Since then Goose Island has finessed its timed release of craft beers, recently unleashing an entire series of Belgian and Saison Farmhouse ales in 22 ounce bottles all at once. They were all pretty good but the clear winner was Sofie, this fluffy citrusy queen that cleared off the liquor store shelves for the first few weeks. Such well-crafted distribution of course was the result of a little-known deal with the devil. In 2006 Goose Island hooked up with Anheuser-Busch’s distribution network. For a hefty cut into their profits and a small piece of their soul, Goose Island now manages to distribute in 15 states and a few spots across the pond. So far their ambitions haven’t seemed to undermine the quality of their beer.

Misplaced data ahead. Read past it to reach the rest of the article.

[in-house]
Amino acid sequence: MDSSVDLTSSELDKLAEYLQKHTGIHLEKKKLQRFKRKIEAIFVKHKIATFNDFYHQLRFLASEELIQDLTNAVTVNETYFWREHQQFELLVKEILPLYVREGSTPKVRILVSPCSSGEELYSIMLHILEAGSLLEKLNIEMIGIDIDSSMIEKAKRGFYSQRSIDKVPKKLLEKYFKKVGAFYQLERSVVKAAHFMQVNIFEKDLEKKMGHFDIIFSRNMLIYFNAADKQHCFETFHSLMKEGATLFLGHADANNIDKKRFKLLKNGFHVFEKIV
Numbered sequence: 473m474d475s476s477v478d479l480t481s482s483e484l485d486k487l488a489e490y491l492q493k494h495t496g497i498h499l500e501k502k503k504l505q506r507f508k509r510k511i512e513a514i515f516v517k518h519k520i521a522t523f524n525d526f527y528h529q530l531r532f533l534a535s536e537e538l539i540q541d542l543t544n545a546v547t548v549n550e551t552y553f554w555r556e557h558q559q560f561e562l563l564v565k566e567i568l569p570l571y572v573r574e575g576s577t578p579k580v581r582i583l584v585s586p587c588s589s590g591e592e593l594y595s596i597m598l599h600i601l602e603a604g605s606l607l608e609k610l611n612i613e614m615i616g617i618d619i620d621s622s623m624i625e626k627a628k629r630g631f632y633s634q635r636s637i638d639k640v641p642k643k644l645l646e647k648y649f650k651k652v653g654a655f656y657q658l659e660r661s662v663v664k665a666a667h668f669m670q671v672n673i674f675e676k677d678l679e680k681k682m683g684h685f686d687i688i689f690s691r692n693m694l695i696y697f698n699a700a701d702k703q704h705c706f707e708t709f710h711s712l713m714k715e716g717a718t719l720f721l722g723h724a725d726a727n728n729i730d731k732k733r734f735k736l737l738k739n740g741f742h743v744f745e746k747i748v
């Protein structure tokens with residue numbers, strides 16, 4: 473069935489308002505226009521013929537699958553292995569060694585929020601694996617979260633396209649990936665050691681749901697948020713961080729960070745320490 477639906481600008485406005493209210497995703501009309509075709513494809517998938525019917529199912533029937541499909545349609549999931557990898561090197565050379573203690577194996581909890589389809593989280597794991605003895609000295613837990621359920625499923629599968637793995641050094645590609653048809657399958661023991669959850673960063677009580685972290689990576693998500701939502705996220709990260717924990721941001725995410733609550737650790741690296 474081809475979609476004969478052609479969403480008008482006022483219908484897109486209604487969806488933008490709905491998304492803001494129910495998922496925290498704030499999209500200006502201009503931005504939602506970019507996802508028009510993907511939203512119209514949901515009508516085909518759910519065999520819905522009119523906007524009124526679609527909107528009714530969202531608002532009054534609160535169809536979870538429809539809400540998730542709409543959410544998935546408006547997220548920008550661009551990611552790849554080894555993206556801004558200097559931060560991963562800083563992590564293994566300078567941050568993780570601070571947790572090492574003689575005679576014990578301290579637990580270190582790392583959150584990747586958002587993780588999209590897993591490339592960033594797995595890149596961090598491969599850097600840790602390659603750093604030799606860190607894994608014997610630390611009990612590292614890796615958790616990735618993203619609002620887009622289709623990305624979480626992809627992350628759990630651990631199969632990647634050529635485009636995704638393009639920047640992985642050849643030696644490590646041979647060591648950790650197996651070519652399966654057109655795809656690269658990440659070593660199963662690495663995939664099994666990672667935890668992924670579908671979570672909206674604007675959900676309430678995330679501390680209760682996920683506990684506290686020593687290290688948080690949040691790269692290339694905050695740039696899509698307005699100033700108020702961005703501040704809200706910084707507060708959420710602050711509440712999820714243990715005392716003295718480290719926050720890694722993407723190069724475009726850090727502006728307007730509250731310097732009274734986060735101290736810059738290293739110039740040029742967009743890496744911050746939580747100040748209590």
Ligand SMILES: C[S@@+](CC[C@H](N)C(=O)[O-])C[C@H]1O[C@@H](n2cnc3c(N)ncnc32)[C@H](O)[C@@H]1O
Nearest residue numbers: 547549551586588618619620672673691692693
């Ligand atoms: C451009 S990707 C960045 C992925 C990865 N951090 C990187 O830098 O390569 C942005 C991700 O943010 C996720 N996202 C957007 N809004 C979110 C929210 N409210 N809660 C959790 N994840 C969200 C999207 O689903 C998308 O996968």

Of course, my review would not be complete without a visit to their brewpub. Unfortunately the main brewery, where the majority of the beer is produced, is (in most cases) not open to the public. So a trip to one of the brewpubs will have to suffice. I’ve been to both their Lincoln Park and Wrigleyville locations on several occasions and I much prefer the original on Clybourn Ave. But when you’re choosing between a battle with drunken Cubs fans or the clusterfuck of Clybourn retail, why split hairs? And their original location has improved over the years with an expansion of the bar and changes to their menu. I’ve never found the food to be particularly good here, and though it was decent this time around it was still a notch above boring.